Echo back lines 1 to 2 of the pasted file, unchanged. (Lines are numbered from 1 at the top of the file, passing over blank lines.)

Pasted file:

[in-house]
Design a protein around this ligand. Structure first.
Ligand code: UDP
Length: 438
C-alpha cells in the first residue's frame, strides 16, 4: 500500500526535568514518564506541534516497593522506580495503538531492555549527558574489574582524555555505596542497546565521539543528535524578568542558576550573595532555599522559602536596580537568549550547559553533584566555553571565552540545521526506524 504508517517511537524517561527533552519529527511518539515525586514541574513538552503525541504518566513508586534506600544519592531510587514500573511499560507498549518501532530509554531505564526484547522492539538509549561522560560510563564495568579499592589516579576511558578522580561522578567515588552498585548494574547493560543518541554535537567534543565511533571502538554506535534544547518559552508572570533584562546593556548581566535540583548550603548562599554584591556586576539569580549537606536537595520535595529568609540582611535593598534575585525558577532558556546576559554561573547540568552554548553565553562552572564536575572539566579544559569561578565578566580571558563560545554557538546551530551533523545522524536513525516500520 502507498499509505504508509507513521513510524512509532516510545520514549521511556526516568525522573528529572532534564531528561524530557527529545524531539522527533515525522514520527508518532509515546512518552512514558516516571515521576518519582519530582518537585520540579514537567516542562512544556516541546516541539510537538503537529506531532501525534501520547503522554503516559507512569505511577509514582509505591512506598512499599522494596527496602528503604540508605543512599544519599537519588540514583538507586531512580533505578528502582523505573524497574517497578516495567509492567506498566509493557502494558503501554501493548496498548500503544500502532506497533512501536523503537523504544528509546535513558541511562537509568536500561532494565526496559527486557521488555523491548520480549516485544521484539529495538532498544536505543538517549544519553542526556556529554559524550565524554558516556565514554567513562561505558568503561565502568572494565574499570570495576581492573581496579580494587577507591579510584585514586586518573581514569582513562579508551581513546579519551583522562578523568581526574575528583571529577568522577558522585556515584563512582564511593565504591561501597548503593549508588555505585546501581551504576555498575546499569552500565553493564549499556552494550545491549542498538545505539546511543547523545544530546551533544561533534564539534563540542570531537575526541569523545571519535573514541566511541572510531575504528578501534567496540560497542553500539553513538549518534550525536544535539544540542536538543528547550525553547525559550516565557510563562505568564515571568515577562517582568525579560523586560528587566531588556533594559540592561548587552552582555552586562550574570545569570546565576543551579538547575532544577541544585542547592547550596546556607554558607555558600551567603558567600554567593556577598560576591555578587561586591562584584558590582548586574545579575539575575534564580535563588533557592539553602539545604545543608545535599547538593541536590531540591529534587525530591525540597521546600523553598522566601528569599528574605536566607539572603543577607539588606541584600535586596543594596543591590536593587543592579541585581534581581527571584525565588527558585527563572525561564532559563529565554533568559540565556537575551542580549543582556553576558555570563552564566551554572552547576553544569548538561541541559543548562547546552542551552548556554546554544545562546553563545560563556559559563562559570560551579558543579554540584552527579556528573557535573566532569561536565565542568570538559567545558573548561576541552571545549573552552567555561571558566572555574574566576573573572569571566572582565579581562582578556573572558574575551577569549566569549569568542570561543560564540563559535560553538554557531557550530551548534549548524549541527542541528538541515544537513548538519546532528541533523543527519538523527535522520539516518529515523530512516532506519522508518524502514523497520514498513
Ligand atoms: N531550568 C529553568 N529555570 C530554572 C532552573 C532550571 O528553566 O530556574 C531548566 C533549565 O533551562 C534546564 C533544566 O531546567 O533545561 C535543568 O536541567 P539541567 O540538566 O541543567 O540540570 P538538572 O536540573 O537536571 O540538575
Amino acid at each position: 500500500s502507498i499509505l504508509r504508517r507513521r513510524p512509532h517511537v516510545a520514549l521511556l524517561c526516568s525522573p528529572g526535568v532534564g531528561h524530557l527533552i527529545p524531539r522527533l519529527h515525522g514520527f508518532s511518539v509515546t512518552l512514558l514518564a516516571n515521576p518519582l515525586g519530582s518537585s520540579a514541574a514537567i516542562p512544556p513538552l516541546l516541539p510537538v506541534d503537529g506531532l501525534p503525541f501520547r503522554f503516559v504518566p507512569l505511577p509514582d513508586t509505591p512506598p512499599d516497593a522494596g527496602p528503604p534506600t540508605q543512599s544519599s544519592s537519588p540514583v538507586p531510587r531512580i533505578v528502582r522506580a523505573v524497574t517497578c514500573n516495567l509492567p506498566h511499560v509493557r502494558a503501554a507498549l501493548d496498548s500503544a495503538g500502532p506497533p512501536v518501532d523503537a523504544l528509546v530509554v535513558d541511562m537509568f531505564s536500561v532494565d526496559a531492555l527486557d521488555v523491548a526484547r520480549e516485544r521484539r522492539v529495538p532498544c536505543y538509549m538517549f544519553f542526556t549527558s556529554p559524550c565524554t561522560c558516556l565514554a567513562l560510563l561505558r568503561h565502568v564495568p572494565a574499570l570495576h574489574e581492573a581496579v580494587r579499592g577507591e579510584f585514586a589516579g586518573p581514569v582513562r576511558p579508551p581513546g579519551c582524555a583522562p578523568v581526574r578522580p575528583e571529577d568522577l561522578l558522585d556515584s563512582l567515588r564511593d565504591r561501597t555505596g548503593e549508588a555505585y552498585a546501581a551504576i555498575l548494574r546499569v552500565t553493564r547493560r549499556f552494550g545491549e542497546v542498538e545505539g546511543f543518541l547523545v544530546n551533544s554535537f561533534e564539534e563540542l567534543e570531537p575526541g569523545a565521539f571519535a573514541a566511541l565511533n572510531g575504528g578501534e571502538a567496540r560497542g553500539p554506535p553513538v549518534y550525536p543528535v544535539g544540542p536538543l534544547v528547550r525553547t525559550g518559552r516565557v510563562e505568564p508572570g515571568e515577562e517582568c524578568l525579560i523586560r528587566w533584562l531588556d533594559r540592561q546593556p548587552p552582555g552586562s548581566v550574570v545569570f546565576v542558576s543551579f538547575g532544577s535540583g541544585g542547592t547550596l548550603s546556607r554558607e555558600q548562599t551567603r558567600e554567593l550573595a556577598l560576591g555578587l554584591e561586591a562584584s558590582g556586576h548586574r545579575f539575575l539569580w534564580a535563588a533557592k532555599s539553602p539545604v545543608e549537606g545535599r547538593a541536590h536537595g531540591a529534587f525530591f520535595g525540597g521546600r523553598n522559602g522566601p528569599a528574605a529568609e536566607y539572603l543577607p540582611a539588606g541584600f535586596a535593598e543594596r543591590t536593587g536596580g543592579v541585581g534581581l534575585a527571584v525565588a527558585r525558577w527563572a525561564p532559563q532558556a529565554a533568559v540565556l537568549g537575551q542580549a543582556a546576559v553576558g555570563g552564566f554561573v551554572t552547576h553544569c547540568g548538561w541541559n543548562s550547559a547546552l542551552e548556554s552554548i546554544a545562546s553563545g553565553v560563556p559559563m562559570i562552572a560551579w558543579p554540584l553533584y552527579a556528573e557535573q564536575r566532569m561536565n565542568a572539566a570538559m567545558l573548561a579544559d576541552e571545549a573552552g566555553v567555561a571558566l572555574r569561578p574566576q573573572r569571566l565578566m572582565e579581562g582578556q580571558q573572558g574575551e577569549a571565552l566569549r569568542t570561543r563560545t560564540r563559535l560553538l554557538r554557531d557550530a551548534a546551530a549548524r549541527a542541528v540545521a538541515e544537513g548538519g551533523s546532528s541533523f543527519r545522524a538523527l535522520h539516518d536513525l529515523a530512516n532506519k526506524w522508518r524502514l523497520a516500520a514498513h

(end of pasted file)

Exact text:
[in-house]
Design a protein around this ligand. Structure first.